Many cross trainers carry built-in HR monitors on the handles and on the stationary handlebars in front of the monitor. These will give a good general idea of the HR levels the customer is performing at, but remember that the motions of the workout, the sweatiness of hands and cleanliness of the electropads can all affect the accuracy of the HR reading.
Most commercial cross trainers will come with pre-set programmes to easily allow your members to target the fitness aspect they wish to improve. These include cardio vascular performance, fat burning, strength building and more. Obviously having more programmes sounds great, but make sure you keep an eye on both the programmes as well as the resistance levels available, as it is the combination of the two that will truly allow your members to precisely control the workout.
If you are placing your new cross trainer in a busy facility, you should look for a machine that will be able to survive intense, continuous use. Look for a machine that has a sturdy build, with a base footprint of around 140cm by 75cm for stability. Keep an eye on the maximum user weight as well, as many cross trainers keep theirs below 20 stone. If you are looking for a machine built to withstand more, you may be looking at a model that uses stronger steel and has special welding and bearings.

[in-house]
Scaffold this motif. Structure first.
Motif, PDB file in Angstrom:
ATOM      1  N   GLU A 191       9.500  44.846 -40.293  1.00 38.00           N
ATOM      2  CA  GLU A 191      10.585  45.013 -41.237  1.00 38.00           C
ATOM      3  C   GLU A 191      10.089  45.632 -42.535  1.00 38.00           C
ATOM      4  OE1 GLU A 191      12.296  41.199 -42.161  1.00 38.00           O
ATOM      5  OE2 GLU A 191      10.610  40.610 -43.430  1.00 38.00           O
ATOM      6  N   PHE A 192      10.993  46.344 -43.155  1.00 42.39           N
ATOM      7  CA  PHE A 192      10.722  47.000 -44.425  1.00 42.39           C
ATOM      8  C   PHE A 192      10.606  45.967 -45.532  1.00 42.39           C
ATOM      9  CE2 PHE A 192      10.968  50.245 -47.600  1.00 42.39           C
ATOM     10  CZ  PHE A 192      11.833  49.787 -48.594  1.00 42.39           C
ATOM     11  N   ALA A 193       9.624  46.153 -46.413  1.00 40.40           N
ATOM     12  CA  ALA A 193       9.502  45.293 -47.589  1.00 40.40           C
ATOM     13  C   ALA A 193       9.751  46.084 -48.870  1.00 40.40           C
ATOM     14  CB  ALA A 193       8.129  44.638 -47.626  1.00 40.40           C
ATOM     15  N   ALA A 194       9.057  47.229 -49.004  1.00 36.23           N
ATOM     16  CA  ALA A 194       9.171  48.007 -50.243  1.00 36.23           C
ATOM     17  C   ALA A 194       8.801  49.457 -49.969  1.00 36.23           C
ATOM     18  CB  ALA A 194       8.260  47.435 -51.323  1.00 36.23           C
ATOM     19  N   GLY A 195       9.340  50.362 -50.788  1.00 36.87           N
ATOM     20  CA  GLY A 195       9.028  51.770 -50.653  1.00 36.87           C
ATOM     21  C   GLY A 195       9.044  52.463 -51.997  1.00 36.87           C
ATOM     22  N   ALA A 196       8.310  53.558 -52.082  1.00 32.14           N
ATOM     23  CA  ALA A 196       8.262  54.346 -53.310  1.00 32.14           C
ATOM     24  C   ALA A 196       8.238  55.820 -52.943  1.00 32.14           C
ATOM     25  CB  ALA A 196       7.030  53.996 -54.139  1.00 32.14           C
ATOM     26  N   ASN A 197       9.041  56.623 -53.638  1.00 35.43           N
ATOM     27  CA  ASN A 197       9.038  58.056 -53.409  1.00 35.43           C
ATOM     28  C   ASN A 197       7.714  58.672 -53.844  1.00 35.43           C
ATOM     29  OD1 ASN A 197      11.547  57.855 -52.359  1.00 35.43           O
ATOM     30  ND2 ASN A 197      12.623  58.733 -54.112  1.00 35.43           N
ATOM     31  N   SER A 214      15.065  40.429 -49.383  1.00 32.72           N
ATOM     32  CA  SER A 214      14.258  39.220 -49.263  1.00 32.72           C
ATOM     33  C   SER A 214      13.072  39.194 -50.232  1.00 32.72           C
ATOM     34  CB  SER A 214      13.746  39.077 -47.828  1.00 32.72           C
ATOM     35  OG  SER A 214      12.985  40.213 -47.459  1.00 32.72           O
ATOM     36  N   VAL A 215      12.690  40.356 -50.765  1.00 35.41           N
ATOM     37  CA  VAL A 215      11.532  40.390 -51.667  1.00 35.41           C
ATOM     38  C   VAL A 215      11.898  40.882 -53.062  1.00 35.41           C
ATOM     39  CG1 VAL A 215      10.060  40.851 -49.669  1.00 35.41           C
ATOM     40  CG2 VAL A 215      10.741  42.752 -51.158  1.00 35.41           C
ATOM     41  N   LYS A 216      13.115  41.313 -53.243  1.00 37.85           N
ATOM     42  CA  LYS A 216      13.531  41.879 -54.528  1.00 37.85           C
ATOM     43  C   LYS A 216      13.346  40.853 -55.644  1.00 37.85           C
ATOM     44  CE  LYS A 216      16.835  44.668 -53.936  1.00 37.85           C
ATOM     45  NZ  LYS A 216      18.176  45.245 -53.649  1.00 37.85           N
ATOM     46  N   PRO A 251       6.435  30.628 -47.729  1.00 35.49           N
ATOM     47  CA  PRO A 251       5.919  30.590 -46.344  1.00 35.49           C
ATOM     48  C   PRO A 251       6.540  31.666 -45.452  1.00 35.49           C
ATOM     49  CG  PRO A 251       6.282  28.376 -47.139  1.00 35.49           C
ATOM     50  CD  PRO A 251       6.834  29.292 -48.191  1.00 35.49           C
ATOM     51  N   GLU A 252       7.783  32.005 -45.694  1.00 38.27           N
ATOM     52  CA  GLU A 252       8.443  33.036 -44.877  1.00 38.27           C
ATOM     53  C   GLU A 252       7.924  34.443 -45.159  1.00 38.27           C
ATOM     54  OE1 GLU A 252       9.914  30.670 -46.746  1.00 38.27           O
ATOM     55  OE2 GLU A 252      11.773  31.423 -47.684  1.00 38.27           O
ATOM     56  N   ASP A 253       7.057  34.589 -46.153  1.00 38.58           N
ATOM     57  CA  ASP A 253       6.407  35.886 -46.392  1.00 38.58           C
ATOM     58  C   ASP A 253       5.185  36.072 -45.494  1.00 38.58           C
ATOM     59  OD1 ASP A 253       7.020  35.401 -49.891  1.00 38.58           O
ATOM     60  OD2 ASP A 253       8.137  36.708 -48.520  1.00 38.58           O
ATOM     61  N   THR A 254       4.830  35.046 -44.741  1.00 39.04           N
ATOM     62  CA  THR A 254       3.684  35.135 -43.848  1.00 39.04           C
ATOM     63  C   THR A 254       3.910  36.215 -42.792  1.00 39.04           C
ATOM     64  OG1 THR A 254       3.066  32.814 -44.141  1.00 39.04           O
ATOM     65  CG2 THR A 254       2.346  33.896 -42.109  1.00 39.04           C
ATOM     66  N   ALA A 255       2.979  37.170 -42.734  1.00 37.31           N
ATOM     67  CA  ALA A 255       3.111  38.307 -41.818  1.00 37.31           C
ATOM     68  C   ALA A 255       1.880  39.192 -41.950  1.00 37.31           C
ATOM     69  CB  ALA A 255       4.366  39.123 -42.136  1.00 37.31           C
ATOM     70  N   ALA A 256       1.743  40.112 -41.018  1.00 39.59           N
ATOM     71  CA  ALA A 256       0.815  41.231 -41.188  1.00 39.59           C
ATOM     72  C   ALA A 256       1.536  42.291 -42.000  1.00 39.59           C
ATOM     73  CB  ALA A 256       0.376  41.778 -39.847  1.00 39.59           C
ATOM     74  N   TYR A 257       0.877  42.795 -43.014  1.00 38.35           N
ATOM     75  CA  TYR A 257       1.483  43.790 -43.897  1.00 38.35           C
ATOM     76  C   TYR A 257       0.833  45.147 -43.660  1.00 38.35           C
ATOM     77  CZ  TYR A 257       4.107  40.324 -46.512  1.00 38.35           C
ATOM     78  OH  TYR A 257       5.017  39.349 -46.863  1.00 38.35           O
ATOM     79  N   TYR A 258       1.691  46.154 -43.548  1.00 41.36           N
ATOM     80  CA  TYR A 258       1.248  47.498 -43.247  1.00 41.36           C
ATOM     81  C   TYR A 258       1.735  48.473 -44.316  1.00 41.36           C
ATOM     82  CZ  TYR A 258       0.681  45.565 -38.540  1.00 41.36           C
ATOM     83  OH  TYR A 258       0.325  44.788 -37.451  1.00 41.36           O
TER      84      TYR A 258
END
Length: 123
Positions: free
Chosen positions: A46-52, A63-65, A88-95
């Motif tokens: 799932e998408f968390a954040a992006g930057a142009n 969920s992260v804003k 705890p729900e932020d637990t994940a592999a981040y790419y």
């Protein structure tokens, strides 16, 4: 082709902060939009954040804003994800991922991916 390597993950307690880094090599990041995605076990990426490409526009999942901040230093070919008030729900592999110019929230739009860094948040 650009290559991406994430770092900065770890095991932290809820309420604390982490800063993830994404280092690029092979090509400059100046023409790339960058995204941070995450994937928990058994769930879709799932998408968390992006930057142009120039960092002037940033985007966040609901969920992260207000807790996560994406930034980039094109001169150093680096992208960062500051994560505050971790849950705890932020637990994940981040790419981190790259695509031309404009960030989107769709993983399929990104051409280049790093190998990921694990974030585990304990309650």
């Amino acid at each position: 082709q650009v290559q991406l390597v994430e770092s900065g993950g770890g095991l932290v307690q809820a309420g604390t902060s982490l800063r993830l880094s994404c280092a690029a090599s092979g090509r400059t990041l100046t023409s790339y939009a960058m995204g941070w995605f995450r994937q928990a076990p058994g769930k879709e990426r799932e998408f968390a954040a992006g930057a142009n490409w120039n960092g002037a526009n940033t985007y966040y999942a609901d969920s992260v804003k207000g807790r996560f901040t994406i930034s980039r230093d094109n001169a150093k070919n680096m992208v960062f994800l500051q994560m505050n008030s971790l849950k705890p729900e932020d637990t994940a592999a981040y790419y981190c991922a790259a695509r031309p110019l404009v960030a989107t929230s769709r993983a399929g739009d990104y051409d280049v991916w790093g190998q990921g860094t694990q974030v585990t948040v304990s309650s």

Check out the flywheel on the machine you are interested in- the minimum standard weight in kilo's is 5kg - 6kg. The heavier your flywheel, the smoother the strides will be. Keep in mind that a heavier flywheel also means greater transport costs, but paying a little bit extra to get the steadier, stronger machine may save you larger maintenance fees in the long run.
If your cross trainer rattles or seems unsteady when you first test it out of the box, make sure it is positioned completely level (some cross trainers have adjustable leveling feet to allow you to fine-tune this aspect). If it still does not feel right, make sure to contact your supplier because training on a cross trainer (or any machine) that moves excessively can cause costly damages.
Speaking of maintenance fees- check out the warranty that comes with the cross trainer. This often comes with lifetime frame and limited parts and labour cover. How limited varies from manufacturer to manufacturer, but you should be looking for one to two years on mechanical parts, and 90 days to six months on any wearable or cosmetic parts.
Your supplier may be able to offer you an extended warranty contract with your preventative maintenance contract which is worth investing in if you are running a high usage gym.